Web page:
To listen to some folks talk about post-modernism, you’d think it was a cultural conspiracy somehow conceived in a vacuum outside of historical context. As if it were a political or religious heresy that just spontaneously sprung up out of the ground one day, baptizing everyone in the existential waters of relativism. Until involuntarily, we all began to deconstruct the modern paradigm, in a defiant denunciation of modernity. When in fact, the inextricable truth of the matter is, that post-modernism was always going to be the inevitable consummation of the modern project.
It is a prevailing modern myth to believe that everything can be explained, given enough time — and that such explanations will propel humanity forward into some, yet to be realized, self-evolved future. Therefore it only follows, that within such a mythology that the explanation of a thing would be elevated in significance above it’s actual existence – convinced that the explanation is the real essence of it. So is it any wonder how this would produce the type of reckless nominalism we find embedded in the post-modern ethos? An ethos that pits competing explanations against one another, as if all we had to do now was pick the one that best suits our preferred presupposed expectations.
This is precisely what one would expect from a non-theistic framing of a material universe – a universe subdued by the rational consensus of human reason. But when I found this same paradigm at work within Christian theology attempting to explain the ineffable mysteries of God, by subtly promoting the idea that the explanation of God is concomitant with the reality of God, I was taken aback . . . and began to rethink how I approached my faith beliefs. This first occurred, for me, about 15 years ago . . .
This should not be taken, on my part, as an anti-intellectual dismissal of theology — as I have long had an appreciation for an honest and humble study of theology. My objection is to the modern academic mentality that often fosters an infatuation with God by proxy — that is to say, God as a scrutinized idea. As I take it to be an intellectualized breaking of the 2nd Commandment — the worship of the one true God . . . but only as he can be explained . . . as an idol of our own imagining.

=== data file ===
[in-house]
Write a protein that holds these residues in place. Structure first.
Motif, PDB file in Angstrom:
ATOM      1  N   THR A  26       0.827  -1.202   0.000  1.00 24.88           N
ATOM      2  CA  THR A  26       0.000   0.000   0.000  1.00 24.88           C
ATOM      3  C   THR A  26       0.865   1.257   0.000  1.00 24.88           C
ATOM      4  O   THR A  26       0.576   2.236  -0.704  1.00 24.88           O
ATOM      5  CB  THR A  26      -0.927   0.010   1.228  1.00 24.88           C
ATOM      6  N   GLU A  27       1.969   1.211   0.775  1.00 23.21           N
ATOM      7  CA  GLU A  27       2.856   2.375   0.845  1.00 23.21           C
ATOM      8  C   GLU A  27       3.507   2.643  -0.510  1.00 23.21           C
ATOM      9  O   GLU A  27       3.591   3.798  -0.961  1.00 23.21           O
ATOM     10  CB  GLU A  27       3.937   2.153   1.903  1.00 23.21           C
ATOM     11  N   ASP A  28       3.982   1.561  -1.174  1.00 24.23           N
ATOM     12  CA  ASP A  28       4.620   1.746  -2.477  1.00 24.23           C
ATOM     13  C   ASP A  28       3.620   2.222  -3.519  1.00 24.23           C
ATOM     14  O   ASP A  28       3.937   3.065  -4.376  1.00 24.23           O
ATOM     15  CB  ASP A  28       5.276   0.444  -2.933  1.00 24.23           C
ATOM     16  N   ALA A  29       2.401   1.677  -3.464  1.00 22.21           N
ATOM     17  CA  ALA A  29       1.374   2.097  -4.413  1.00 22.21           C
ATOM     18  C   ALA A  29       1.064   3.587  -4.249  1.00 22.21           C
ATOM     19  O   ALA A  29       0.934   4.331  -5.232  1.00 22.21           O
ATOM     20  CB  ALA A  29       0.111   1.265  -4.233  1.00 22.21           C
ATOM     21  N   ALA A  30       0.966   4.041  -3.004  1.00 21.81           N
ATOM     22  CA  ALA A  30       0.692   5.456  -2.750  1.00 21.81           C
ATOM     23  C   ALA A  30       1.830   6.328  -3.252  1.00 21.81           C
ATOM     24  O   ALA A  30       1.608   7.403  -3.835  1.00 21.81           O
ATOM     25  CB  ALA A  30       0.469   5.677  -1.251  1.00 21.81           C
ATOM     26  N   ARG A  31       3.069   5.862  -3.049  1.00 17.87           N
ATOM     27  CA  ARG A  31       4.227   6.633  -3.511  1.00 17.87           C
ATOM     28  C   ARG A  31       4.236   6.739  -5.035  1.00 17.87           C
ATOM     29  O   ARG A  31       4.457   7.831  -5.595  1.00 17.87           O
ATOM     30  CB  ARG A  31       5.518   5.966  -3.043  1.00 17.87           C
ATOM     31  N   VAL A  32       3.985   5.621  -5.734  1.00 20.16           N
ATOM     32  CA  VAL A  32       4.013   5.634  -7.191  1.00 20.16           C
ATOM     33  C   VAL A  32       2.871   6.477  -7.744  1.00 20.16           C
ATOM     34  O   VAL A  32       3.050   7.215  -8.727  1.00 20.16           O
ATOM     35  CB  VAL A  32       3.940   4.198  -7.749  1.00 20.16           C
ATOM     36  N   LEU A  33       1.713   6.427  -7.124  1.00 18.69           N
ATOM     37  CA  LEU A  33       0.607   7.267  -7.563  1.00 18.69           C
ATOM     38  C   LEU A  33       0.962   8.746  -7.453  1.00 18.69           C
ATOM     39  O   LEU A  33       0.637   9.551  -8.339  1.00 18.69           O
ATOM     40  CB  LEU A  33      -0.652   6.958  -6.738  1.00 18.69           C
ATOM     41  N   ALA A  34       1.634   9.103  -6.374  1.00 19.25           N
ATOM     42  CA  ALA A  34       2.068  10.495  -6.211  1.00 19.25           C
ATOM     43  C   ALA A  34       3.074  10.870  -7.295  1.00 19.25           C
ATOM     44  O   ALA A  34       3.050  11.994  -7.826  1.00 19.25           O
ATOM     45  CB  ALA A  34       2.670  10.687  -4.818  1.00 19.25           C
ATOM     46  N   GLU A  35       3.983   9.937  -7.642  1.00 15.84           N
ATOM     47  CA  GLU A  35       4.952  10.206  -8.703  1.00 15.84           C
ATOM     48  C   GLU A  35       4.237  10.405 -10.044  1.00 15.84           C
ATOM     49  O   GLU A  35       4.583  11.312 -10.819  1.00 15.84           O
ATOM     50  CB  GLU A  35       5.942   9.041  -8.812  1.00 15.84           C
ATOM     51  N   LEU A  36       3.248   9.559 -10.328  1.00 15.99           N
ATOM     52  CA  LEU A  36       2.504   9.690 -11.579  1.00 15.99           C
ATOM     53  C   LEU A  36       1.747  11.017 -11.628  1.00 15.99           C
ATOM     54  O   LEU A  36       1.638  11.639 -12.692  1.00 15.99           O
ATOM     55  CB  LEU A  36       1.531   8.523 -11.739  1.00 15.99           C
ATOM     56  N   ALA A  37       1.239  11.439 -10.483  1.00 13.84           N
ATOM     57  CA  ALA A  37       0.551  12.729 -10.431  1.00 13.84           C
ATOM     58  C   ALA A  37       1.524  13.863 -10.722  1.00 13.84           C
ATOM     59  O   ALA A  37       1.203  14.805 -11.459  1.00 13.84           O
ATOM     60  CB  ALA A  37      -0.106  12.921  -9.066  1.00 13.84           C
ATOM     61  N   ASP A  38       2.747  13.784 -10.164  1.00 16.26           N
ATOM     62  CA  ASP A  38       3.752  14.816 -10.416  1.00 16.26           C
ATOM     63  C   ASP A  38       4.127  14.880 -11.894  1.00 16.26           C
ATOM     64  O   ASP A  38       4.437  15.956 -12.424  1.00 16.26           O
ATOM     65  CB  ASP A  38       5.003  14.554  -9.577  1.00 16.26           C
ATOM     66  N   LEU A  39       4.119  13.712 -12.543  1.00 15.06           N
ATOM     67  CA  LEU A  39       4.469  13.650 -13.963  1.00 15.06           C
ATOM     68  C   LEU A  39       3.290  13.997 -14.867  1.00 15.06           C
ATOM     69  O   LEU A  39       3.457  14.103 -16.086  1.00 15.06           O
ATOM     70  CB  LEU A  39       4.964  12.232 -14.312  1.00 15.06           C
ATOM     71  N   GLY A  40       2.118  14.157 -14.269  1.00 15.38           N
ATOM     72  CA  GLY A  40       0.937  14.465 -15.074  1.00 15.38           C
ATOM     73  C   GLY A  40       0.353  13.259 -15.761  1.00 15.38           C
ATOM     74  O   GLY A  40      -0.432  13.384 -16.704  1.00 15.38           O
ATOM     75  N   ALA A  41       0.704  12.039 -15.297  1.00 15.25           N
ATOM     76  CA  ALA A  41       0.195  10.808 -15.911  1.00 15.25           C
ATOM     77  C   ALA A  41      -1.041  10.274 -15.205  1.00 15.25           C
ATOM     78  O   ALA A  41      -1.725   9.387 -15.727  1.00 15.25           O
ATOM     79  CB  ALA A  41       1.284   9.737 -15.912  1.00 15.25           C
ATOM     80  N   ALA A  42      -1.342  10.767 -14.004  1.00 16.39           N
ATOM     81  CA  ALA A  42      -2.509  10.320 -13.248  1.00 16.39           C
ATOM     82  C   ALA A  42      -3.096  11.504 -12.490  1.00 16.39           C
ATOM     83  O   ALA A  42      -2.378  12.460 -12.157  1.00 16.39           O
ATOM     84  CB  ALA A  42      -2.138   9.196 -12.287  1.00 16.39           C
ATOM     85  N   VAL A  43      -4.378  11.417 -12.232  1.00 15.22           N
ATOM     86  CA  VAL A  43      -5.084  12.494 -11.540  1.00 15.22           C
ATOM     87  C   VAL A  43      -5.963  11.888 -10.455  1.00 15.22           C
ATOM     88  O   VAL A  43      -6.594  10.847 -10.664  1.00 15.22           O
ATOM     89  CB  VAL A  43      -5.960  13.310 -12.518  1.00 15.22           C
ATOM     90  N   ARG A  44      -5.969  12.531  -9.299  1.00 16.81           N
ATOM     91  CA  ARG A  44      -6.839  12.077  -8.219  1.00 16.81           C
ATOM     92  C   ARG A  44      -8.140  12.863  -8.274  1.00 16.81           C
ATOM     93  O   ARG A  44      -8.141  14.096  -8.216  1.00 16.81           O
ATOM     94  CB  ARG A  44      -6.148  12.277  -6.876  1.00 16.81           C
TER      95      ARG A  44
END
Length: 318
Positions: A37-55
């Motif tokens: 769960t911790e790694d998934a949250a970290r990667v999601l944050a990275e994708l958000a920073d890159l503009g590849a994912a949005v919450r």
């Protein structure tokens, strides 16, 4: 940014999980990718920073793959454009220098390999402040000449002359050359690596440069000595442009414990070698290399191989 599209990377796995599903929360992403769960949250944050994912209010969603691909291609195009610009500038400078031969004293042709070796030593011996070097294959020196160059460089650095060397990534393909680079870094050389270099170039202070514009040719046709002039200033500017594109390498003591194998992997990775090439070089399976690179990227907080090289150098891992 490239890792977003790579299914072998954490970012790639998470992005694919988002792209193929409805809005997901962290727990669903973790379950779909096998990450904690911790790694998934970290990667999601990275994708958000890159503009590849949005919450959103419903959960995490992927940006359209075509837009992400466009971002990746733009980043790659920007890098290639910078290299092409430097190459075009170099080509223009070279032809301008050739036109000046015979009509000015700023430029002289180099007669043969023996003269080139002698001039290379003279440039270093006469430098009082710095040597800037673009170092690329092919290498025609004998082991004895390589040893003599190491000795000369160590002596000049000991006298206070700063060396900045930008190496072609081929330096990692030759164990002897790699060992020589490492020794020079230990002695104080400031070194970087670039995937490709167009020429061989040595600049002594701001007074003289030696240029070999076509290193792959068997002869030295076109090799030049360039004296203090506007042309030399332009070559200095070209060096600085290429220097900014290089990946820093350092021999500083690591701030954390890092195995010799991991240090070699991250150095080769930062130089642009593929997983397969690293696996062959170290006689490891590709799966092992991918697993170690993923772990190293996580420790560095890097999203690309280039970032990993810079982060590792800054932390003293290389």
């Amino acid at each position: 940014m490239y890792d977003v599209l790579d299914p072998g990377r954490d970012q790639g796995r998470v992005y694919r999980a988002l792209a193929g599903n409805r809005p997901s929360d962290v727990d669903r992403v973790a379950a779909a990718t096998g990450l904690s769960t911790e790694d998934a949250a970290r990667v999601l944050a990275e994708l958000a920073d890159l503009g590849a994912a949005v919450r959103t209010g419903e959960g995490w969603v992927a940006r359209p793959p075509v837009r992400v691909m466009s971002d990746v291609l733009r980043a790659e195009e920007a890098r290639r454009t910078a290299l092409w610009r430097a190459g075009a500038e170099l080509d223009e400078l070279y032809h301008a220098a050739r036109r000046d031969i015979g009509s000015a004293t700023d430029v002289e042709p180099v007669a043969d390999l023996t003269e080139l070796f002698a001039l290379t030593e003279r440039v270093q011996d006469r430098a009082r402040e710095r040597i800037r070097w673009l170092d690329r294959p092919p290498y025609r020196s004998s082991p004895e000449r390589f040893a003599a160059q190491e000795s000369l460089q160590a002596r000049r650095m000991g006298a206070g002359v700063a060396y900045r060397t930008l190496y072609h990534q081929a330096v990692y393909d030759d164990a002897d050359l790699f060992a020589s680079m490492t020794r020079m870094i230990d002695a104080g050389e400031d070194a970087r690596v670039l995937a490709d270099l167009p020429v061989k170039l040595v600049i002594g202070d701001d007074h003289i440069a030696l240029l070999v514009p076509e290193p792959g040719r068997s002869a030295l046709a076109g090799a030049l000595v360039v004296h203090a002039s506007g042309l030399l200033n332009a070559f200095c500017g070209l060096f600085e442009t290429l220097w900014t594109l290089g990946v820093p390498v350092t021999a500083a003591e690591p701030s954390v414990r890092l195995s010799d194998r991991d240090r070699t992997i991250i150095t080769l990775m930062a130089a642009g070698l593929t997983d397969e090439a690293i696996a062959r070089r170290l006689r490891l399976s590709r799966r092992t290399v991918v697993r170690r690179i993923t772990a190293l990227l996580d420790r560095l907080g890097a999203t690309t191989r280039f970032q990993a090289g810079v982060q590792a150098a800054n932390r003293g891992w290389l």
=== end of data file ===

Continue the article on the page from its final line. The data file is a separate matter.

In the pre-modern framing of the Christian faith, the mystery of God is held as sacred — not as a puzzle to be solved. It is this sacred mystery that invites us to engage God in the vulnerability of our faith – and not in the vanity of our intellect. The communion of the saints, the body of Christ; the Kingdom of God, already in our midst, and yet to come; the indwelling Holy Spirit, conforming us to Christ’s image. These things are too wonderful – they are beyond me (Job 42:3), because “such knowledge is too wonderful for me; it is high; I cannot attain it.” ~ Psalm 139:6.
So I find no comfort from what I think I know about God, as such cognition can only serve to affirm what I have already chosen to know about God. But there is a knowing of the ineffable and inscrutable God, who speaks universes into existence, that does interest me – it is the relational knowing of him, he is persistently inviting me to . . . that I might know his heart. It is found in the communion of the saints, and is present as I meditate on his word. It meets me as the sun rises, and as I whisper my prayers at night, falling asleep. And modernity has no instrument for measuring the beauty found in such intimacy.
. . . and it is this knowing intimacy that still animates my faith.